Donald Trump leads 9 other GOP hopefuls in first prime-time TV presidential debate

Republican presidential candidates (top row, from left) Donald Trump, Jeb Bush, Scott Walker, Mike Huckabee, Ben Carson, (bottow row, from left) Ted Cruz, Marco Rubio, Rand Paul, Chris Christie and John Kasich are seen in a combo of recent file photos.Reuters

Fiery real estate mogul Donald Trump will be leading 10 candidates in the highly anticipated first television debate among Republican presidential aspirants, which is deemed crucial for next year's GOP presidential nomination.

Trump secured the top spot in the debate after earning an average of 23.4 percent support in five national polls conducted, according to Fox News, which will be hosting the debate set on Thursday evening in Cleveland, Ohio.

Former Florida Gov. Jeb Bush was ranked second in the debate, after garnering an average of 12 percent support.

Wisconsin Gov. Scott Walker will be the third participant with 10.2 percent support, followed by Arkansas Gov. Mike Huckabee with 6.6 percent, and retired neurosurgeon Ben Carson with 5.8 percent.

Texas Gov. Ted Cruz (5.4 percent), Florida Sen. Marco Rubio (5.4 percent), Kentucky Sen. Rand Paul (4.8 percent), New Jersey Gov. Chris Christie (3.4 percent) and Ohio Gov. John Kasich (3.2 percent) will also join the prime-time debates.

"As governor, I am glad to welcome my fellow debate participants to our great state and I look forward to discussing the issues facing our country with them on Thursday," Kasich said in a statement, according to Fox.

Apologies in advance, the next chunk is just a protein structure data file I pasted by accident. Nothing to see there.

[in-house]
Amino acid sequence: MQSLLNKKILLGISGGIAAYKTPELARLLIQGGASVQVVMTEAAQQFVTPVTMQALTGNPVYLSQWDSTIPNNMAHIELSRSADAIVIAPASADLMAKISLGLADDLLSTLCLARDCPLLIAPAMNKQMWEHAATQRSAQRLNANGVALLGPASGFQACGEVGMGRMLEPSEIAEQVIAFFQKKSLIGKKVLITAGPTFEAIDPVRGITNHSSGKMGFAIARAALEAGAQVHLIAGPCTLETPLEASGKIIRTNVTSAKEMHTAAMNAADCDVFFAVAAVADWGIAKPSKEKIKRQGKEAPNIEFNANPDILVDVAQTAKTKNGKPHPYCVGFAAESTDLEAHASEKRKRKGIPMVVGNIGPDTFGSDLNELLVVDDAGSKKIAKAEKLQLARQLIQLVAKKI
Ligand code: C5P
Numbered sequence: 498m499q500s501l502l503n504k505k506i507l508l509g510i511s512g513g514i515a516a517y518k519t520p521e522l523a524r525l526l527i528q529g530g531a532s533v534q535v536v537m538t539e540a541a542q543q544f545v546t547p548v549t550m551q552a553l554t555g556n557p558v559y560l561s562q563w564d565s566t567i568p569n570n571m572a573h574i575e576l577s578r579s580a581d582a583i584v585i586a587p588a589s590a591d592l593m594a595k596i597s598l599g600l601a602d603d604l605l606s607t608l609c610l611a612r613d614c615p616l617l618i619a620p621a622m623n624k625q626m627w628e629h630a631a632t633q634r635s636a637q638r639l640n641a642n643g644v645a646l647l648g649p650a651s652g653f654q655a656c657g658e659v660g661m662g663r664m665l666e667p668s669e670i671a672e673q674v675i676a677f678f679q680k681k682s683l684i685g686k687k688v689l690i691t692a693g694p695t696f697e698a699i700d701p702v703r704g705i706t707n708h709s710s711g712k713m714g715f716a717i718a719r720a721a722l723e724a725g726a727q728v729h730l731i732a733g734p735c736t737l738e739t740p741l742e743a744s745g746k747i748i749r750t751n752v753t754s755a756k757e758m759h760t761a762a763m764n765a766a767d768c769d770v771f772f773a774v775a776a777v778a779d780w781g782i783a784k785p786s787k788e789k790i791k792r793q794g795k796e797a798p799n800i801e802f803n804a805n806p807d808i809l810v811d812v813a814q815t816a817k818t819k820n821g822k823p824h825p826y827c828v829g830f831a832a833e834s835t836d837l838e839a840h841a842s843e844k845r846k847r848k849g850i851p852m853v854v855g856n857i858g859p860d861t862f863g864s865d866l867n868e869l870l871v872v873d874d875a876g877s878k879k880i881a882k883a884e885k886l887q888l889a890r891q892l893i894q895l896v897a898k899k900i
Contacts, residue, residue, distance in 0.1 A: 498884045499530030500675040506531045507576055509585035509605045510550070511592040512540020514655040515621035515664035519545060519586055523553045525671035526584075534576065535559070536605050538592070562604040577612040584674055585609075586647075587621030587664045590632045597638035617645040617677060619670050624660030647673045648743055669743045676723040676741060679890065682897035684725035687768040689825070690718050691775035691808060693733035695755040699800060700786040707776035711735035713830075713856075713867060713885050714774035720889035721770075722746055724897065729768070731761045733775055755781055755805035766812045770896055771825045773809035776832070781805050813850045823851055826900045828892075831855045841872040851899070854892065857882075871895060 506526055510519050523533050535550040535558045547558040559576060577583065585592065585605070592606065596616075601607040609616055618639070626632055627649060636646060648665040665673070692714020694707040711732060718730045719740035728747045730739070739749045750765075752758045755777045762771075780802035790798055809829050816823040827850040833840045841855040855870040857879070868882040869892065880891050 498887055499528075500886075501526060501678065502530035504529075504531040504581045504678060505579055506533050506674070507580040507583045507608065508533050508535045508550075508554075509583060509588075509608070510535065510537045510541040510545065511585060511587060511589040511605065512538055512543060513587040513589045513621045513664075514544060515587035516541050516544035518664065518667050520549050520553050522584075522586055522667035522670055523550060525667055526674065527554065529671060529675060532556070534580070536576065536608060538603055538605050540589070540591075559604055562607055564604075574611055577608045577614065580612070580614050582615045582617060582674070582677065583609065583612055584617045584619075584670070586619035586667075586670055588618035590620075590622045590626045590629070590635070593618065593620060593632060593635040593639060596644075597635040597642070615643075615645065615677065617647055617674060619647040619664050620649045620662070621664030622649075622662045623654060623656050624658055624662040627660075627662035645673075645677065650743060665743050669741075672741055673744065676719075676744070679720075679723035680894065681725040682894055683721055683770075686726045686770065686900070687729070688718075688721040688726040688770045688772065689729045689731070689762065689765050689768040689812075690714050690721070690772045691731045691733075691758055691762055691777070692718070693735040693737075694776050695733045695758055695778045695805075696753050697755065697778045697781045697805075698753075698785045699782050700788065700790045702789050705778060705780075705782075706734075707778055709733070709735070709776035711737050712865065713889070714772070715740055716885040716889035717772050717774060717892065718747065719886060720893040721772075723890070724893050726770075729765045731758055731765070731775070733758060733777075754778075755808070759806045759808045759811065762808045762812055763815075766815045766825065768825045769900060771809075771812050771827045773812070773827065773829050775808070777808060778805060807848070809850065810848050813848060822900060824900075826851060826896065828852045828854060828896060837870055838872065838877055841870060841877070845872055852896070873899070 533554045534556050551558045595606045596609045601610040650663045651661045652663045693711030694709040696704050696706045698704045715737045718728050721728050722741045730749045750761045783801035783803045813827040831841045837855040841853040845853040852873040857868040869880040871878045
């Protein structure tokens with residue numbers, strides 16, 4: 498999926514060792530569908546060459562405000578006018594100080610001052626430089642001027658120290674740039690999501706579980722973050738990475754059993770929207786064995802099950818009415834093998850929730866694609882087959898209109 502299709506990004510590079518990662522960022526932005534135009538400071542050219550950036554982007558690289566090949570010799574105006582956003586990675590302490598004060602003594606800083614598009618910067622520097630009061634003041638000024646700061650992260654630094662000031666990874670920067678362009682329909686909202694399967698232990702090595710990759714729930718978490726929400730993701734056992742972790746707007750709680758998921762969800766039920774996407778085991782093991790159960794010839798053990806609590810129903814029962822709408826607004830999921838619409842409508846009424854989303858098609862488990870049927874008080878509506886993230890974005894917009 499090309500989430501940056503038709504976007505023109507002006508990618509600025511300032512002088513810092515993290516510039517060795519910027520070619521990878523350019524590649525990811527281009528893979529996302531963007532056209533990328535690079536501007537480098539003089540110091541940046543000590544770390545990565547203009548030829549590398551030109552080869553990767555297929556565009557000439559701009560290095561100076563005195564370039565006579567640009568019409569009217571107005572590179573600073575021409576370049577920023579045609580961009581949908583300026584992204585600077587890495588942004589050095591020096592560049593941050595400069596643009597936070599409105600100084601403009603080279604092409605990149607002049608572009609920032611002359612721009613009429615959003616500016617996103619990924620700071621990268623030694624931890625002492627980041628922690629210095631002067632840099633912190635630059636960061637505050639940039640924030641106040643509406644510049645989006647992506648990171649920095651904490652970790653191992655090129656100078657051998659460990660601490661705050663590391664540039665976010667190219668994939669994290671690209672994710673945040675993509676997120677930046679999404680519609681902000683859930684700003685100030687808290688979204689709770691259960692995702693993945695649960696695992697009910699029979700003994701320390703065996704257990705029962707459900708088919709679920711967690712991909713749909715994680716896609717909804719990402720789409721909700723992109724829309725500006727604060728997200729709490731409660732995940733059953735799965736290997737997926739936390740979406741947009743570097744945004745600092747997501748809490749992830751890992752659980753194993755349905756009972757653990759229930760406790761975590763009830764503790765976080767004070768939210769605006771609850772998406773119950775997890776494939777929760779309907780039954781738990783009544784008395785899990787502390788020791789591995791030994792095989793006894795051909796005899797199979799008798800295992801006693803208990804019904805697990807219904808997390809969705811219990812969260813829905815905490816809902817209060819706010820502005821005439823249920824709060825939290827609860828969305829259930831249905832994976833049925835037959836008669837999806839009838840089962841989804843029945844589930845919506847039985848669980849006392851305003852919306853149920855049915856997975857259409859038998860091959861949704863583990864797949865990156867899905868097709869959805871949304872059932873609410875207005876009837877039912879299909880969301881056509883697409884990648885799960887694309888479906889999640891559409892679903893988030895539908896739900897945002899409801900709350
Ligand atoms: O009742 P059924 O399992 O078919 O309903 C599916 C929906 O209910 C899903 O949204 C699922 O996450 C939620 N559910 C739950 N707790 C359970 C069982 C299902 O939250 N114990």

The remaining Republican presidential aspirants will also take part in a debate but on an earlier time slot preceding the main event. Participating in this debate are former Texas Gov. Rick Perry (1.8 percent), Pennsylvania Sen. Rick Santorum (1.4 percent), Louisiana Gov. Bobby Jindal (1.4 percent), former business executive Carly Fiorina (1.3 percent), South Carolina Sen. Lindsey Graham (0.7 percent), New York Gov. George Pataki (0.6 percent) and former Virginia Gov. Jim Gilmore (0.2 percent)

Republican strategists said those who will fail at the debate could be left to languish without political oxygen and be de-legitimised by donors and early endorsers, according to CNN.

In a move supported by the Republican National Committee (RNC), Fox used national polling data to divide the candidates into two groups, arguing that putting them all together in one stage could lead to an unwieldy event.

The decision relegated Perry and Santorum to the lower-tier debate.

Santorum spokesman Matt Beynon assailed both Fox and the RNC for an "incredibly flawed" process in selecting the debate participants. "They should not be picking winners and losers," he said. "That's the job of the voters, particularly those in Iowa and New Hampshire who have the role of voting first."

Perry appeared unperturbed. "I look forward to being @FoxNews 5pm debate for what will be a serious exchange of ideas & positive solutions to get America back on track," he tweeted on Tuesday afternoon.

For months, Republican candidates at the bottom of the pack have been employing aggressive tactics to catch up with the leaders in national opinion surveys.

Recently, Perry and Graham came up with attention-grabbing strategies in hopes of gaining publicity and polling numbers.